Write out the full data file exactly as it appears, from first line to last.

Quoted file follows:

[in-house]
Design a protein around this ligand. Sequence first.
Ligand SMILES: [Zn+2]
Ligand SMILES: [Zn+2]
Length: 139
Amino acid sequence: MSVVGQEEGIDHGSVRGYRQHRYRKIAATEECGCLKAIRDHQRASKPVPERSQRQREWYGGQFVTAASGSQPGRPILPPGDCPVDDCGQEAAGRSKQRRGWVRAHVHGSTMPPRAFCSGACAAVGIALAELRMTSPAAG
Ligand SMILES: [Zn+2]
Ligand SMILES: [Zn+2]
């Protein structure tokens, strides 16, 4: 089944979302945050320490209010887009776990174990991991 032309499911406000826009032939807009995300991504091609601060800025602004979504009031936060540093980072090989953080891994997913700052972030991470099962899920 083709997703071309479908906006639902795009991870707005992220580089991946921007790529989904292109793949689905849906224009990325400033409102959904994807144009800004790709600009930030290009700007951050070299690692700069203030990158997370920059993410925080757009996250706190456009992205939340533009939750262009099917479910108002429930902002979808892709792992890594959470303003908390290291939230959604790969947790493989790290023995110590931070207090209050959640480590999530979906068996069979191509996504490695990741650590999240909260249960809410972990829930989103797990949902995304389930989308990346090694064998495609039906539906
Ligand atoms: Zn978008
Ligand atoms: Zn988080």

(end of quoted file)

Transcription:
[in-house]
Design a protein around this ligand. Sequence first.
Ligand SMILES: [Zn+2]
Ligand SMILES: [Zn+2]
Length: 139
Amino acid sequence: MSVVGQEEGIDHGSVRGYRQHRYRKIAATEECGCLKAIRDHQRASKPVPERSQRQREWYGGQFVTAASGSQPGRPILPPGDCPVDDCGQEAAGRSKQRRGWVRAHVHGSTMPPRAFCSGACAAVGIALAELRMTSPAAG
Ligand SMILES: [Zn+2]
Ligand SMILES: [Zn+2]
């Protein structure tokens, strides 16, 4: 089944979302945050320490209010887009776990174990991991 032309499911406000826009032939807009995300991504091609601060800025602004979504009031936060540093980072090989953080891994997913700052972030991470099962899920 083709997703071309479908906006639902795009991870707005992220580089991946921007790529989904292109793949689905849906224009990325400033409102959904994807144009800004790709600009930030290009700007951050070299690692700069203030990158997370920059993410925080757009996250706190456009992205939340533009939750262009099917479910108002429930902002979808892709792992890594959470303003908390290291939230959604790969947790493989790290023995110590931070207090209050959640480590999530979906068996069979191509996504490695990741650590999240909260249960809410972990829930989103797990949902995304389930989308990346090694064998495609039906539906
Ligand atoms: Zn978008
Ligand atoms: Zn988080």